“It’s an invasive and inconvenient test, so many people find excuses to put it off indefinitely,” Stiff notes.
These days, people who have no unusual risk factors for colorectal cancer can opt for a fecal test that they can take in their own homes and mail to a laboratory for processing. Most kits test the fecal matter for blood, which can leak from a cancerous polyp, and for DNA evidence from malignant cells that slough off polyps.
While a positive test result generally requires a full colonoscopy to pinpoint the source of the blood and/or mutated DNA, taking the fecal test each year can let people postpone a colonoscopy until — or if — a positive result happens.
“The test isn’t quite as accurate as a colonoscopy, but it’s close enough to be a good initial screening tool — and it’s much better than not having any screening done at all,” says Stiff.
Since early detection boosts the cure rate for colorectal cancer to 90 percent, having an alternative to colonoscopies can potentially save more than 200,000 lives over the next two decades, asserts Carolyn Bruzdzinski, regional vice president of the American Cancer Society. This month the Cancer Society is launching the “80% by 2018” campaign to promote colorectal cancer screening for everyone age 50 and older. About 52 percent of Illinois residents n their 50s get screened each year now, she adds.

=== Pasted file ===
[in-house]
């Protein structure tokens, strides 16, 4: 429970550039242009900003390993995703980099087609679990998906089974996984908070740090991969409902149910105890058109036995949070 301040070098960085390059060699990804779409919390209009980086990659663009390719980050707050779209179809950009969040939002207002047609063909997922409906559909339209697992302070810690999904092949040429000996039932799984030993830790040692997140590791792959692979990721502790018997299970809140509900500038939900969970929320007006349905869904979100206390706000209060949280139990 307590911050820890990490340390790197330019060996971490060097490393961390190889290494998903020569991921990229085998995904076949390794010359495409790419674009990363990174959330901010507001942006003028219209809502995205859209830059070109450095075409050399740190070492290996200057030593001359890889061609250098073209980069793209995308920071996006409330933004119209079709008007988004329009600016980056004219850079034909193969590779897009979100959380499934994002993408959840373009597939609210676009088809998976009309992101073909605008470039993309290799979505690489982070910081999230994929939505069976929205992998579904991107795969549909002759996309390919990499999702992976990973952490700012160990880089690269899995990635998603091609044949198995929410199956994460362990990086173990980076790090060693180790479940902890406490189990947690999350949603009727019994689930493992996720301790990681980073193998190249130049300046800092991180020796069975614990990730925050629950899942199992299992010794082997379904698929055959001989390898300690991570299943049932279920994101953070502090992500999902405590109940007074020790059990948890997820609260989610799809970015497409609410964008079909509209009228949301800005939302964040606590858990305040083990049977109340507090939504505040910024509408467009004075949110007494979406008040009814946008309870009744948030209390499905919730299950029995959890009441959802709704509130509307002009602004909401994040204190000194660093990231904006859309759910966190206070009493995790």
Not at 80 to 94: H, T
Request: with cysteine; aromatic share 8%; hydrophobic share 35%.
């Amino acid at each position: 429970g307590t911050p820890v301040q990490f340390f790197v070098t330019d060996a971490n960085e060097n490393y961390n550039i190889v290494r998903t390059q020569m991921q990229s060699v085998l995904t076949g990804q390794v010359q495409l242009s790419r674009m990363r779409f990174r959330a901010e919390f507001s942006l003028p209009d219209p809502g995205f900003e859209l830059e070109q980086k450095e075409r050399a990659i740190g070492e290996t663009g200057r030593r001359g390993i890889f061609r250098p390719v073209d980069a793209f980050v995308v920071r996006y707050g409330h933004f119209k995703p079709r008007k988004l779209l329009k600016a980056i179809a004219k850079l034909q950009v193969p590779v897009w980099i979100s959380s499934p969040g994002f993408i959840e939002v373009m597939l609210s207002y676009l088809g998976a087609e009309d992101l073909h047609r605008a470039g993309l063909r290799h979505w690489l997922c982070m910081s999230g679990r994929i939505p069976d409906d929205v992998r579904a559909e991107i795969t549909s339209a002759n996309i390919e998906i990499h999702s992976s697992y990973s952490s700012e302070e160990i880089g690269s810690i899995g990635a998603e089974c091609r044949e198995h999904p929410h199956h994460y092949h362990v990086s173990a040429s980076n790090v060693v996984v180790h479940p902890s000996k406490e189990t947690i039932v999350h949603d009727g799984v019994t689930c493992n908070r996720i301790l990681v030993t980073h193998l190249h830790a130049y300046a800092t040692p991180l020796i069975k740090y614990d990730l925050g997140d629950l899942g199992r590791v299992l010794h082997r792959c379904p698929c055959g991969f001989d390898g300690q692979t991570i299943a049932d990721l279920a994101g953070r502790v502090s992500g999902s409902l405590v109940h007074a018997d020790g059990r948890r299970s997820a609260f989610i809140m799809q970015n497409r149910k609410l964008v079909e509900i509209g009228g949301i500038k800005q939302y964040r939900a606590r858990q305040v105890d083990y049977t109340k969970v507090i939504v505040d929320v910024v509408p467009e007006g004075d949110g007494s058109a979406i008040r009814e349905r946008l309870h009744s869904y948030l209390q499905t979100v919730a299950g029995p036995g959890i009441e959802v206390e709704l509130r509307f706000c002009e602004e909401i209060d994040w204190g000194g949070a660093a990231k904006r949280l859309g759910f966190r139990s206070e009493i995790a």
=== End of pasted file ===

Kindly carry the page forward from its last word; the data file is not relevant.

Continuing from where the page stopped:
“A lot of people don’t realize that other options to colonoscopy are available,” Bruzdzinski comments. “There are so many reasons why people don’t get colonoscopies — they can’t take time off work, they don’t have insurance coverage for it, they’re just too busy or they find it distasteful or embarrassing. But this lets them get the early warning that they need by just spending a few minutes preparing a sample in their own homes, so we want to educate them about it.”
Older men also have traditionally dreaded the PSA screening. The blood test, which looks for elevated concentrations of prostate-specific antigen that indicate the body is battling a prostate tumor, is simple and almost painless. But a positive test result leads to a biopsy that is anything but painless and, quite often, ineffective — until the development of multi-parametric MRI biopsy, a new procedure that lets doctors see images of the prostate as they insert the needle to collect tissue samples.
“This procedure is taking the Chicago area by storm,” says Dr. Gopal Gupta, a urologist and professor of urologic oncology at Loyola University. “Even when we were armed with the warning signs of prostate cancer, there was no good way to find the tumor because getting an image of the prostate is so difficult. The standard procedure is to take 12 tissue samples at different locations, which covers a tenth of one percent of the prostate gland’s volume. How can we trust this when it’s so easy to miss a tumor and get a false negative result?”